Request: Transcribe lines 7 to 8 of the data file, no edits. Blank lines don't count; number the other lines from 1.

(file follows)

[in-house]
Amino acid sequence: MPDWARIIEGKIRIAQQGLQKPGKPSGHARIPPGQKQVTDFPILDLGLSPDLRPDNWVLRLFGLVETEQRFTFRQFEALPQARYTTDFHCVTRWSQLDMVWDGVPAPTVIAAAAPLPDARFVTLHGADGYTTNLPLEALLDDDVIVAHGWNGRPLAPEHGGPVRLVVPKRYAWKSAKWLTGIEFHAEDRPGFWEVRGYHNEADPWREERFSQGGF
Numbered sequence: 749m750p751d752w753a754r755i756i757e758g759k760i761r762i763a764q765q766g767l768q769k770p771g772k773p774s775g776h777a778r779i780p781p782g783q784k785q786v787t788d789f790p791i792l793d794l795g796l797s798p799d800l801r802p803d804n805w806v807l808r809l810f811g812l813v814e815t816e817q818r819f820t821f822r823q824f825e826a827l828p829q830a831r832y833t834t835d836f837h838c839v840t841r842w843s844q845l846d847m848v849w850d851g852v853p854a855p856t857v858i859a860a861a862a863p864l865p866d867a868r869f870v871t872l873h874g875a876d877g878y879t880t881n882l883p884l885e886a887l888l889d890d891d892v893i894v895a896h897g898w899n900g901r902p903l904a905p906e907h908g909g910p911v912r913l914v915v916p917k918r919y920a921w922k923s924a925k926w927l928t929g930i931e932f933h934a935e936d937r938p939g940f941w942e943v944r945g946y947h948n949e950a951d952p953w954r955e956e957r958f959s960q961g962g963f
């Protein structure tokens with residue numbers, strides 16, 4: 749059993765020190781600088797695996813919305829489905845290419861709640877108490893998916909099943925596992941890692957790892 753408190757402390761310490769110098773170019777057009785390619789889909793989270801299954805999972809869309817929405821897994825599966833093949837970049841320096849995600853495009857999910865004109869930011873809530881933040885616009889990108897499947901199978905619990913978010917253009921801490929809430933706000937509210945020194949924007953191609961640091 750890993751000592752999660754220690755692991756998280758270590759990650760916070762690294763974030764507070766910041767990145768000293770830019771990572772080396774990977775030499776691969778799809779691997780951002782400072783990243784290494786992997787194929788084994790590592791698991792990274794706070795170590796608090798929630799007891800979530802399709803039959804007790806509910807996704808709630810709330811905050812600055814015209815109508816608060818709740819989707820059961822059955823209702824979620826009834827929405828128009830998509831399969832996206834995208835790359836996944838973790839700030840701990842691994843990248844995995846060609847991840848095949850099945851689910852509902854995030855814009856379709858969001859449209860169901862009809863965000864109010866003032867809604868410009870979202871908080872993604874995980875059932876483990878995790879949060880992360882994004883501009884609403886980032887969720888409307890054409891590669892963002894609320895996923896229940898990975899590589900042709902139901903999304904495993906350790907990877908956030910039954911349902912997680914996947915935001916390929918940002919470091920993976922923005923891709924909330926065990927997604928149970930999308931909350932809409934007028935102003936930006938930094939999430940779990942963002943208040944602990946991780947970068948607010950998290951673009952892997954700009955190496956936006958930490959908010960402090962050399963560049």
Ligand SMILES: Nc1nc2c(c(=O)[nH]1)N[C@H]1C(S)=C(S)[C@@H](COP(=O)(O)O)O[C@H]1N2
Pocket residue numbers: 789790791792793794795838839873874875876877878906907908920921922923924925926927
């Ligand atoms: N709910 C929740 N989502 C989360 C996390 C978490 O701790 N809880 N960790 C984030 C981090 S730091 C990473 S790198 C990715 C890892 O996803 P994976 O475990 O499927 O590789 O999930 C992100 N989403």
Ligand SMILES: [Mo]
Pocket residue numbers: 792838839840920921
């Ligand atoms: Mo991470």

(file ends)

């Ligand atoms: N709910 C929740 N989502 C989360 C996390 C978490 O701790 N809880 N960790 C984030 C981090 S730091 C990473 S790198 C990715 C890892 O996803 P994976 O475990 O499927 O590789 O999930 C992100 N989403």
Ligand SMILES: [Mo]